Ordinarily, serving a subpoena to identify an anonymous person on the internet requires first filing a lawsuit. In fact, we have published several posts about using subpoenas to identify unknown authors of internet defamation and have explained that the first step in the process is filing a complaint against the unknown poster.

There is, however, a procedure pertaining to copyright law, in which an alleged infringer can potentially be identified without the filing of a lawsuit and without a judge’s signature: the DMCA subpoena.

Digital Millennium Copyright

The DMCA—short for the Digital Millennium Copyright Act—is a statutory mechanism (17 U.S.C. § 512) that copyright holders can use to notify online service providers of alleged copyright infringement.

The DMCA offers “safe harbors,” limiting the liability of service providers for third parties’ copyright infringement if they remove or disable access to copyright infringement in response to DMCA takedown notices.

Service providers (defined by § 512(k)(1)) include a number of different types of entities. The elements of a proper DMCA notification are listed at §512(c)(3), and they are also spelled out in various entities’ legal/copyright policy sections (such as on the websites Ripoff Report and Glassdoor).

Filing a DMCA Subpoena

A copyright holder, while not needing to file an actual lawsuit to serve a DMCA subpoena, must nevertheless open a miscellaneous matter with a federal district court. Once a matter has been opened, the copyright holder can request that the clerk issue the subpoena (in the manner described in the following section).

Prior to—or contemporaneous with—filing the proposed subpoena and supporting documents with the court clerk, the copyright holder should send a DMCA takedown notice to the service provider.

It is important to note that a DMCA takedown notice issued prior to serving the DMCA can result in the removal of the infringing content, without affecting the validity of the subpoena. However, removal of the infringing content may not precede the sending of the DMCA notification.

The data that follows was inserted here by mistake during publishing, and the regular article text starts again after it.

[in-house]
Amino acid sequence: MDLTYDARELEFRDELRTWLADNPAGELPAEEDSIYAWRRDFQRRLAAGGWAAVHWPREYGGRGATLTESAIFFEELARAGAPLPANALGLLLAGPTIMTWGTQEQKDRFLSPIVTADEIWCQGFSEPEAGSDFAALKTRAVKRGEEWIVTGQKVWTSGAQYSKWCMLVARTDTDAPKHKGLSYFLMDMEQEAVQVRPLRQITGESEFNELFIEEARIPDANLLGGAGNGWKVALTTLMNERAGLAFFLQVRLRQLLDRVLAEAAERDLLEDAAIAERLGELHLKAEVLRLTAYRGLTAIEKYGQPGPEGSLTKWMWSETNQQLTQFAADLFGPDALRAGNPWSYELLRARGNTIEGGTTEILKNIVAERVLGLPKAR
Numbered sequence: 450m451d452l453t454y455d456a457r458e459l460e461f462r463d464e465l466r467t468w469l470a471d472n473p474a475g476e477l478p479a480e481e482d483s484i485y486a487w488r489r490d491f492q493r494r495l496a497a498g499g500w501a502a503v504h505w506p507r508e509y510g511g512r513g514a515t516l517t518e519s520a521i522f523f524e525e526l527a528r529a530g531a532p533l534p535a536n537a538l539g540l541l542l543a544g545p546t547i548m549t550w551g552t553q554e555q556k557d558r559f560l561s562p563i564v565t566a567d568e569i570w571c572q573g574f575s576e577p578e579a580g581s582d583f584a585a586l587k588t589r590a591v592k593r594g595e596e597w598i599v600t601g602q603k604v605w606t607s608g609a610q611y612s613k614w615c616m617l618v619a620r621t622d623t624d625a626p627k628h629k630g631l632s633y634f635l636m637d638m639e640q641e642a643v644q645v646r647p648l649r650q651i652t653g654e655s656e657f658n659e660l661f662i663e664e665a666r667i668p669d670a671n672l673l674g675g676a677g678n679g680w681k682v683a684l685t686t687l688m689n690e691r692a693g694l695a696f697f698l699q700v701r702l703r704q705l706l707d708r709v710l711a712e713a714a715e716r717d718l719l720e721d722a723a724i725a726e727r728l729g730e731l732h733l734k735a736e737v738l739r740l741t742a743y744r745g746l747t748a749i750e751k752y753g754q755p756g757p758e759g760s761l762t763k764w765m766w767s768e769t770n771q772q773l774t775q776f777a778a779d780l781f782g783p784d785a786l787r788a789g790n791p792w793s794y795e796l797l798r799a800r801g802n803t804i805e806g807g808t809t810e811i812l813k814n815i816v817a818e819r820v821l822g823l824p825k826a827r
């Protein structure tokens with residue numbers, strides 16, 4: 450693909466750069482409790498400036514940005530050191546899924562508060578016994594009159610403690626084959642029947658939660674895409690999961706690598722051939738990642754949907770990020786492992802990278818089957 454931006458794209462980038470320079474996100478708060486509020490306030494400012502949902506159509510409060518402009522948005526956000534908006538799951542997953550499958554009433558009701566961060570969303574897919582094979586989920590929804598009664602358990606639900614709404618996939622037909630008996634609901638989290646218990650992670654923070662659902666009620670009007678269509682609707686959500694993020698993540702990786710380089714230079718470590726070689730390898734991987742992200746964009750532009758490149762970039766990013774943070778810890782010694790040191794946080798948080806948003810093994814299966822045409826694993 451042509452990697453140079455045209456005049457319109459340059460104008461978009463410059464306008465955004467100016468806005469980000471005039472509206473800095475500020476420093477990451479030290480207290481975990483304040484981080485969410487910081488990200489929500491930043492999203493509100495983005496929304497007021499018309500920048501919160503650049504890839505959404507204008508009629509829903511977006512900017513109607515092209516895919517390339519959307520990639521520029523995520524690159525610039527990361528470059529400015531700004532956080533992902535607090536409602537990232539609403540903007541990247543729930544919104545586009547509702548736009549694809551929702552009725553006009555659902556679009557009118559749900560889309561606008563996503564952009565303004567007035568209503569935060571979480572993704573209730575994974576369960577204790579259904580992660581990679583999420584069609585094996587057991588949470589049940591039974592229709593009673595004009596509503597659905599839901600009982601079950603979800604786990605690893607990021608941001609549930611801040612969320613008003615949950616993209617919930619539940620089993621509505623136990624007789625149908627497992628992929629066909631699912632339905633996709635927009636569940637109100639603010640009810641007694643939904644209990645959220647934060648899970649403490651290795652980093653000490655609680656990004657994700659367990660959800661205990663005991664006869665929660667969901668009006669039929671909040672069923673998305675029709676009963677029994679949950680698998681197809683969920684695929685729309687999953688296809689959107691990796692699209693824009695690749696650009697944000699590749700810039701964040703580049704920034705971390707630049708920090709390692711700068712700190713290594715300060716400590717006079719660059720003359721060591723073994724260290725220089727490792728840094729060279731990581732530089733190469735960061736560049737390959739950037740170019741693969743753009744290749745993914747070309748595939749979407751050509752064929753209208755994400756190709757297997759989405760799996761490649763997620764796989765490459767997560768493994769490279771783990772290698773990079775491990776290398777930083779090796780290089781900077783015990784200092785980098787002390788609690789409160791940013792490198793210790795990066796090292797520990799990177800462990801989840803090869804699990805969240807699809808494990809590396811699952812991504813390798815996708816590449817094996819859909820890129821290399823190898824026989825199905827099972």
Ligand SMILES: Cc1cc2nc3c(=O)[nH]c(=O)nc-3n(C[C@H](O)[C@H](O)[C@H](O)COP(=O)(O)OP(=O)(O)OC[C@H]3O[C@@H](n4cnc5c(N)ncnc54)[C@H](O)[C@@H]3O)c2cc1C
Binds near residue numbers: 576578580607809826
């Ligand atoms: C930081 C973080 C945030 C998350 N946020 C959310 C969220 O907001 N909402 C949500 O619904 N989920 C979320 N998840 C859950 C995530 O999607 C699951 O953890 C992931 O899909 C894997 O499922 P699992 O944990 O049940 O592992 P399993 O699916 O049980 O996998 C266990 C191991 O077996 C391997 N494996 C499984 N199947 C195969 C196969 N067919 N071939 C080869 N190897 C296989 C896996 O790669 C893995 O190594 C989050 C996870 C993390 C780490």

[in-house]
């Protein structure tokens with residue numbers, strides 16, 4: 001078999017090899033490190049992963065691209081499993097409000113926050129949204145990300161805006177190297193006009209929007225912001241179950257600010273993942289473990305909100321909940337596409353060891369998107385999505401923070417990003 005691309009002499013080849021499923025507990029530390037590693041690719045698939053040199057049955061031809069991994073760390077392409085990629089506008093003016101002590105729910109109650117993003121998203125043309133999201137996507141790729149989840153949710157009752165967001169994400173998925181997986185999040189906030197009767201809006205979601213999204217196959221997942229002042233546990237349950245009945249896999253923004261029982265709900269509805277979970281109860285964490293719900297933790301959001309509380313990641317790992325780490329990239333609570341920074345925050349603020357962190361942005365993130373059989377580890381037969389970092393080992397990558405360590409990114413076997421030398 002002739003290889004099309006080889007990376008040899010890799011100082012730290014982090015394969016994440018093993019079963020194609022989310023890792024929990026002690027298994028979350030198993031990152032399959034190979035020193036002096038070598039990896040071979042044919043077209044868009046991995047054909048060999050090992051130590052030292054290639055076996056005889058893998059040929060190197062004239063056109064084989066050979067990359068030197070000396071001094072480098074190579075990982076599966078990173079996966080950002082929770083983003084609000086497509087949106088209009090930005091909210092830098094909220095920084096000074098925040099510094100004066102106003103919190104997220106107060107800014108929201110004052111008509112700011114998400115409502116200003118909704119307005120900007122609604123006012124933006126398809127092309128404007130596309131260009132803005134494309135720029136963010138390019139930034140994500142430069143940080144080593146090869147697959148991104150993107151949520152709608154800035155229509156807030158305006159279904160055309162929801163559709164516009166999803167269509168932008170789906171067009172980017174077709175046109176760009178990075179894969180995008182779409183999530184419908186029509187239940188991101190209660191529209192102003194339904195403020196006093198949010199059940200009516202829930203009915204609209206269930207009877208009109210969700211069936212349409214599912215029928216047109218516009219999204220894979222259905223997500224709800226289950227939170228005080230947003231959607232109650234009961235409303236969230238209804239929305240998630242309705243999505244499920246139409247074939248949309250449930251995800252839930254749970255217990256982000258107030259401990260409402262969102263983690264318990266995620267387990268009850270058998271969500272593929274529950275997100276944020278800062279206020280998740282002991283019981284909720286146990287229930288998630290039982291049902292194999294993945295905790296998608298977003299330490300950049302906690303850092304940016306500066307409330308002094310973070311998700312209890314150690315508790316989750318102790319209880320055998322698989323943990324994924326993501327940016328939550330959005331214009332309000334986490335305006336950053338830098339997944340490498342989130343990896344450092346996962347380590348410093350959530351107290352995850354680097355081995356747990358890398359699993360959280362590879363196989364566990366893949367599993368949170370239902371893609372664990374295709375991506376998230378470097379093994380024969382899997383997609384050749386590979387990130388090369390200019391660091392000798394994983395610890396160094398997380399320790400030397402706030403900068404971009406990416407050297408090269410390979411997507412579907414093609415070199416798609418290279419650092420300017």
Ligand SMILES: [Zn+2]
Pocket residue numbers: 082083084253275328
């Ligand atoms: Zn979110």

In Maximized Living, Inc. v. Google, Inc., 2011 U.S. Dist. LEXIS 147486 (N.D. Cal. Dec. 22, 2011), the court held that, where the allegedly infringing material was removed before the notification was served, the subsequently-issued subpoena was unenforceable.

Last year, eBay—in an attempt to quash a DMCA subpoena—tried to argue that the allegedly infringing material at issue (which had been removed, in response to proper DMCA takedown notices) needed to still be active for the subpoena to be valid.

However, the court ruled that DMCA subpoenas are enforceable whether served at the same time or after a satisfactory notification is sent to the service provider; the infringing material simply must be “present at the time the notification is served.”

Section 512(h)(2)

The actual request that must be filed with the clerk in order to be able to serve a DMCA subpoena shall include:

“(A) a copy of a notification described in section (c)(3)(A);

(B) a proposed subpoena; and

(C) a sworn declaration to the effect that the purpose for which the subpoena is sought is to obtain the identity of an alleged infringer and that such information will only be used for the purpose of protecting rights under this title.”

Regarding section 512(h)(2)(C), this essentially states that the purpose of the DMCA subpoena must be limited to obtaining information to enforce the copyright. It appears to be unsettled, however, how a court might handle a DMCA subpoena that identifies an alleged copyright infringer who also allegedly committed a tort (distinguishable from two very separate instances of alleged copyright infringement and defamation committed by two different people, for example).

But in short, if an attorney is acting on the copyright holder’s behalf, he or she will want to prepare the subpoena, draft a short declaration from himself or herself that satisfies § 512(h)(2)(C) and then attach a copy of the notification as an exhibit. The attorney can then present the packet of information to the clerk for his or her approval.

Upon obtaining the clerk’s signature, the attorney for the copyright holder can serve the subpoena on the service provider like any other subpoena.

According to section (h)(5): “Upon receipt of the issued subpoena, either accompanying or subsequent to the receipt of a notification described in subsection (c)(3)(A), the service provider shall expeditiously disclose to the copyright owner or person authorized by the copyright owner the information required by the subpoena, notwithstanding any other provision of law and regardless of whether the service provider responds to the notification.”

Note that courts have held that 512(h) and DMCA subpoenas only apply to service providers that store the copyrighted material (not just connect to it).

While the DMCA subpoena is not commonly utilized (perhaps largely because many are unaware of the statute and process), it is certainly an effective means of efficiently identifying copyright infringers.

Once a copyright holder identifies an infringer—based on the DMCA subpoena to the relevant website, webhost or other service provider—the copyright holder can take action against him or her.